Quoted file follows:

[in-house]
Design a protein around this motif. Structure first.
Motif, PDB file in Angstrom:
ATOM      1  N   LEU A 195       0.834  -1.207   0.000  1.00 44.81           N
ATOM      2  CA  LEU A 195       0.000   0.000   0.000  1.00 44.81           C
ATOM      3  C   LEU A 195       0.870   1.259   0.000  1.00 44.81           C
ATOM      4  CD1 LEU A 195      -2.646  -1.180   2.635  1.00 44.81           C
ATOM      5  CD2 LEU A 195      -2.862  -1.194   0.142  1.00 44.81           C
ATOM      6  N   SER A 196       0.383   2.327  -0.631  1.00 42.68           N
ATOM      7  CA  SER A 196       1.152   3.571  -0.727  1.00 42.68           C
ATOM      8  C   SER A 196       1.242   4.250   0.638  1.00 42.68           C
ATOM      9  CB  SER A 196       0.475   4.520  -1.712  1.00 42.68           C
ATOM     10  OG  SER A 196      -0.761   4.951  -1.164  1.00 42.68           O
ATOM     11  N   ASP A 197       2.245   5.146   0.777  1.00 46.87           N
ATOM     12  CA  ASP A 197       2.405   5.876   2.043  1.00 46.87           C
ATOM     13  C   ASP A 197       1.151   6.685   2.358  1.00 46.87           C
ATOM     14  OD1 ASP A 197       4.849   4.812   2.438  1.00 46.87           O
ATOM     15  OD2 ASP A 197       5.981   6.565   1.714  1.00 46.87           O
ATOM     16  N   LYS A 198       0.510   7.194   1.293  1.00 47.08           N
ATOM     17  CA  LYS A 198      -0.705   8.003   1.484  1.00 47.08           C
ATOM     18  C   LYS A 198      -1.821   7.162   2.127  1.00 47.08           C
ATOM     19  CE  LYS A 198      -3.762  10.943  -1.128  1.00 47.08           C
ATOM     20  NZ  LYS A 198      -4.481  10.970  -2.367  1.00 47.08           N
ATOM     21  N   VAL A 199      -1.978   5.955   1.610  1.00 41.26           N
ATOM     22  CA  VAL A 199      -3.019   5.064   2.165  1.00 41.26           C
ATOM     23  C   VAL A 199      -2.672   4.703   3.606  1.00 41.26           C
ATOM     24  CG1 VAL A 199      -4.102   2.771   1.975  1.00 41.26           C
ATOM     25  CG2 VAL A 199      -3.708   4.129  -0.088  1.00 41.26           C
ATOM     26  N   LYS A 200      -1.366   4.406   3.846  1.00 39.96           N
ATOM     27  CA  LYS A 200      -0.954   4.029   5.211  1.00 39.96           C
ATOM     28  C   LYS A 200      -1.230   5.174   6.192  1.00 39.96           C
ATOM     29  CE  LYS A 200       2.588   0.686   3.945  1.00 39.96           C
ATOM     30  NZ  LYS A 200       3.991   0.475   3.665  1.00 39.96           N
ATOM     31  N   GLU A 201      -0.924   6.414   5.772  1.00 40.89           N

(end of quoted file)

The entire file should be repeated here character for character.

[in-house]
Design a protein around this motif. Structure first.
Motif, PDB file in Angstrom:
ATOM      1  N   LEU A 195       0.834  -1.207   0.000  1.00 44.81           N
ATOM      2  CA  LEU A 195       0.000   0.000   0.000  1.00 44.81           C
ATOM      3  C   LEU A 195       0.870   1.259   0.000  1.00 44.81           C
ATOM      4  CD1 LEU A 195      -2.646  -1.180   2.635  1.00 44.81           C
ATOM      5  CD2 LEU A 195      -2.862  -1.194   0.142  1.00 44.81           C
ATOM      6  N   SER A 196       0.383   2.327  -0.631  1.00 42.68           N
ATOM      7  CA  SER A 196       1.152   3.571  -0.727  1.00 42.68           C
ATOM      8  C   SER A 196       1.242   4.250   0.638  1.00 42.68           C
ATOM      9  CB  SER A 196       0.475   4.520  -1.712  1.00 42.68           C
ATOM     10  OG  SER A 196      -0.761   4.951  -1.164  1.00 42.68           O
ATOM     11  N   ASP A 197       2.245   5.146   0.777  1.00 46.87           N
ATOM     12  CA  ASP A 197       2.405   5.876   2.043  1.00 46.87           C
ATOM     13  C   ASP A 197       1.151   6.685   2.358  1.00 46.87           C
ATOM     14  OD1 ASP A 197       4.849   4.812   2.438  1.00 46.87           O
ATOM     15  OD2 ASP A 197       5.981   6.565   1.714  1.00 46.87           O
ATOM     16  N   LYS A 198       0.510   7.194   1.293  1.00 47.08           N
ATOM     17  CA  LYS A 198      -0.705   8.003   1.484  1.00 47.08           C
ATOM     18  C   LYS A 198      -1.821   7.162   2.127  1.00 47.08           C
ATOM     19  CE  LYS A 198      -3.762  10.943  -1.128  1.00 47.08           C
ATOM     20  NZ  LYS A 198      -4.481  10.970  -2.367  1.00 47.08           N
ATOM     21  N   VAL A 199      -1.978   5.955   1.610  1.00 41.26           N
ATOM     22  CA  VAL A 199      -3.019   5.064   2.165  1.00 41.26           C
ATOM     23  C   VAL A 199      -2.672   4.703   3.606  1.00 41.26           C
ATOM     24  CG1 VAL A 199      -4.102   2.771   1.975  1.00 41.26           C
ATOM     25  CG2 VAL A 199      -3.708   4.129  -0.088  1.00 41.26           C
ATOM     26  N   LYS A 200      -1.366   4.406   3.846  1.00 39.96           N
ATOM     27  CA  LYS A 200      -0.954   4.029   5.211  1.00 39.96           C
ATOM     28  C   LYS A 200      -1.230   5.174   6.192  1.00 39.96           C
ATOM     29  CE  LYS A 200       2.588   0.686   3.945  1.00 39.96           C
ATOM     30  NZ  LYS A 200       3.991   0.475   3.665  1.00 39.96           N
ATOM     31  N   GLU A 201      -0.924   6.414   5.772  1.00 40.89           N